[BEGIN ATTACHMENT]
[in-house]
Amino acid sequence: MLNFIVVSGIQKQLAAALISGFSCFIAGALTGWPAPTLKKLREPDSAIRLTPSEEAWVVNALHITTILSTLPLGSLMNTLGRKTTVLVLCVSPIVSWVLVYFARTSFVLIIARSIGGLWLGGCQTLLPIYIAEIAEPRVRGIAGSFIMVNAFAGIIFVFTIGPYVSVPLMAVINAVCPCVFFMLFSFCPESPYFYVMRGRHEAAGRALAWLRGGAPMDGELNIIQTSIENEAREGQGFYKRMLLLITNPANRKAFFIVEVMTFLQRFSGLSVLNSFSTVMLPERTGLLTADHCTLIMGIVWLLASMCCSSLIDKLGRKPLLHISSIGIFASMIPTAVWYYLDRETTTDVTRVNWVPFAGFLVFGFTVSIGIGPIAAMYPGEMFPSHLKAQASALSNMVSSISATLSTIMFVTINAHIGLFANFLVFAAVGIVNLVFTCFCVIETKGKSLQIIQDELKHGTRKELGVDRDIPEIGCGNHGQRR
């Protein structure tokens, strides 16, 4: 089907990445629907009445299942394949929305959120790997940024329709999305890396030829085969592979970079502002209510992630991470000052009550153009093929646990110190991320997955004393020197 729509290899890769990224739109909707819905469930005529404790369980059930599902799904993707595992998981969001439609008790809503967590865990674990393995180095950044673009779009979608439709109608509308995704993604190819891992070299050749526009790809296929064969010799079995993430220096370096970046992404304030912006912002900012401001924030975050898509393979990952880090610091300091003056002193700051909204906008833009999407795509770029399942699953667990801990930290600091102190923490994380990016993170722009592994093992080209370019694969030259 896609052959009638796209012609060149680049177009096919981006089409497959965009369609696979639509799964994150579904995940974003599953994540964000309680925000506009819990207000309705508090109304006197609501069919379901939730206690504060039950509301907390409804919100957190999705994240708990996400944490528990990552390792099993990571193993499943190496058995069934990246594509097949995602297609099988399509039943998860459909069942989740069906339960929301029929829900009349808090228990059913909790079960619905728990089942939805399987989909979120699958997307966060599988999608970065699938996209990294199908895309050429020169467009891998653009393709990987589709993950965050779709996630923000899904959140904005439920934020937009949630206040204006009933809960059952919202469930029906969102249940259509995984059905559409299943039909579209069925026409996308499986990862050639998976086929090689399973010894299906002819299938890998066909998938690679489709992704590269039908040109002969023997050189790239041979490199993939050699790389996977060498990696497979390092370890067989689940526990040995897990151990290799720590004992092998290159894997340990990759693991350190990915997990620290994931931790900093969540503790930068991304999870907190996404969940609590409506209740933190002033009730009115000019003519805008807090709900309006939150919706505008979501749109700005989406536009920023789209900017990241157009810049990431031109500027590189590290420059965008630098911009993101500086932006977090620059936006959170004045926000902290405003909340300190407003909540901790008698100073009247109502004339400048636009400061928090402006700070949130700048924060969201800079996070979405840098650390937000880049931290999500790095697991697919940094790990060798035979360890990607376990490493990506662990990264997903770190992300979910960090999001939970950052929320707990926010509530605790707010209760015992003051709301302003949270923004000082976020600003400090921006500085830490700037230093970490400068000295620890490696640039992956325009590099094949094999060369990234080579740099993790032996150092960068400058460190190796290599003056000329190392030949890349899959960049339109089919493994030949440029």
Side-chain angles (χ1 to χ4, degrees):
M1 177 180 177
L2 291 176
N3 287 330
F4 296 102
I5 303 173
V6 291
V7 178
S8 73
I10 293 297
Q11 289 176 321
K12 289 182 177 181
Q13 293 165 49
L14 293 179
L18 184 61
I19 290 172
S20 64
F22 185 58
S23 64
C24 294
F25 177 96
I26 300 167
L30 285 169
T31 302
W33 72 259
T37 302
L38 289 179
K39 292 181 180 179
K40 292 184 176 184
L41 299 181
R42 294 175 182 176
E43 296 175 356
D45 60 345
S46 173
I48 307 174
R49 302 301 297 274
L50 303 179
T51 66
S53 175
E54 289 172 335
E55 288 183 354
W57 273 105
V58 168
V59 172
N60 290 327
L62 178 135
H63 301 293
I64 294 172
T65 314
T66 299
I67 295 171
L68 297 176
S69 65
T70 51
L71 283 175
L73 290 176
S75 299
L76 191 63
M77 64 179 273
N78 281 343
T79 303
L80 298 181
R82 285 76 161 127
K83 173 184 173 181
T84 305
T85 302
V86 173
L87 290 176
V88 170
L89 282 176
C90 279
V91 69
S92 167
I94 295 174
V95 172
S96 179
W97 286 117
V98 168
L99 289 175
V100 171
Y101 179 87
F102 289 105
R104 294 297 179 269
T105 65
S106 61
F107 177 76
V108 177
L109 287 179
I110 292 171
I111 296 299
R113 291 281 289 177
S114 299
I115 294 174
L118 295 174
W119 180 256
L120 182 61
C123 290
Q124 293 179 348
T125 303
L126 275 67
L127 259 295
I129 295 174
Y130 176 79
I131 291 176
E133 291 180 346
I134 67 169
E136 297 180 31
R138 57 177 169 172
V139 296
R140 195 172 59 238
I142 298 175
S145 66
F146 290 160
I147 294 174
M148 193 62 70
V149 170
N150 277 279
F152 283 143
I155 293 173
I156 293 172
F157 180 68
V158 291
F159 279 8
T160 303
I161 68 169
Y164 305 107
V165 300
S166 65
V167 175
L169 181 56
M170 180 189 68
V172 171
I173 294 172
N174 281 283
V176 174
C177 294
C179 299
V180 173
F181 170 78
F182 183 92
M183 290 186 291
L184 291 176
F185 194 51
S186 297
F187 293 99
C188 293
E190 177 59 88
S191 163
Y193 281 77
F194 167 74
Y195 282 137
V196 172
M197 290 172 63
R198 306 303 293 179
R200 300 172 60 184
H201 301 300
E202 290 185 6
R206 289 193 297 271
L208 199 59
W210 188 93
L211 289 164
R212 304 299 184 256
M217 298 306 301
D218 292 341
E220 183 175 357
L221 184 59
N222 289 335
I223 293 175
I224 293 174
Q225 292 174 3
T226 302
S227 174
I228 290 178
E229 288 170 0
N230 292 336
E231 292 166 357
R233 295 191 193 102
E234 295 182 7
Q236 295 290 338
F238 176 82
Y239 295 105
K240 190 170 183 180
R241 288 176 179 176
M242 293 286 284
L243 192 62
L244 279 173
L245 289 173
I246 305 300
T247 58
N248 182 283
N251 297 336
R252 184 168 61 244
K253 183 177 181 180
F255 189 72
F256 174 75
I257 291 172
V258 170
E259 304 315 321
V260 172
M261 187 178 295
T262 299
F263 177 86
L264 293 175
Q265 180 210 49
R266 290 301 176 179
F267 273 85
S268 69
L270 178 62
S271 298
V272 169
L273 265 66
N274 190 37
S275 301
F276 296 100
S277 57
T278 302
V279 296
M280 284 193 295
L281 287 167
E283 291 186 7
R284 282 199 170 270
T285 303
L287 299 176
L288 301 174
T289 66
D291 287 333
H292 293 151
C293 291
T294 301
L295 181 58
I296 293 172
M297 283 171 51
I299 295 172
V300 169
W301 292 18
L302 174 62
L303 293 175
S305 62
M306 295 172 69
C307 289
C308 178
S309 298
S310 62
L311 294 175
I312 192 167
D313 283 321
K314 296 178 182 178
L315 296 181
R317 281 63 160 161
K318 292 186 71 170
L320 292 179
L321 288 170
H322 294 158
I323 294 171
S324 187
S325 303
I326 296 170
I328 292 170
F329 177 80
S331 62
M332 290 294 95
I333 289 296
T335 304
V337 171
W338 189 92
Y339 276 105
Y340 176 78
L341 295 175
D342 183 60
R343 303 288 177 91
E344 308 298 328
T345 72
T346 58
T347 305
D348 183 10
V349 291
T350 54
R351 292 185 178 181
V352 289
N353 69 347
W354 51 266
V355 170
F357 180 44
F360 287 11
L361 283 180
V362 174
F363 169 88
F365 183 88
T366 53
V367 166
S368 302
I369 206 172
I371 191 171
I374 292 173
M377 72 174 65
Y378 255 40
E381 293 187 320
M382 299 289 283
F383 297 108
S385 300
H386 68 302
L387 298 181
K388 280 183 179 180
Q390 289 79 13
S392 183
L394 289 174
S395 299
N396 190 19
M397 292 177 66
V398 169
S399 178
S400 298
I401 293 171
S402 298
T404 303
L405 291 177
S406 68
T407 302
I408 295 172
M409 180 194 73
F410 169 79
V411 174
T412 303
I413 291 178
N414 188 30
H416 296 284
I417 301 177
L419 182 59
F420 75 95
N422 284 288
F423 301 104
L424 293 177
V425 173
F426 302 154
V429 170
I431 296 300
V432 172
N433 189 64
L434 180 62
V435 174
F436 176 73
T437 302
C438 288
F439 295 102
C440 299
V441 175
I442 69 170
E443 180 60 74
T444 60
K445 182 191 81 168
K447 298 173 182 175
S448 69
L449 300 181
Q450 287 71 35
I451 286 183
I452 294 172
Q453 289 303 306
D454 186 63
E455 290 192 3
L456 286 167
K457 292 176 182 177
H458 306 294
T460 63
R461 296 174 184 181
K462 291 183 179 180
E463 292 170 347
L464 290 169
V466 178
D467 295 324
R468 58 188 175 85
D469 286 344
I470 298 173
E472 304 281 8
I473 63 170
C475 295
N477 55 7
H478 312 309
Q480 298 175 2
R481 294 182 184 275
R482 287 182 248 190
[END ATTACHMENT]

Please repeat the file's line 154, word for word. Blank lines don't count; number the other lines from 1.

Y195 282 137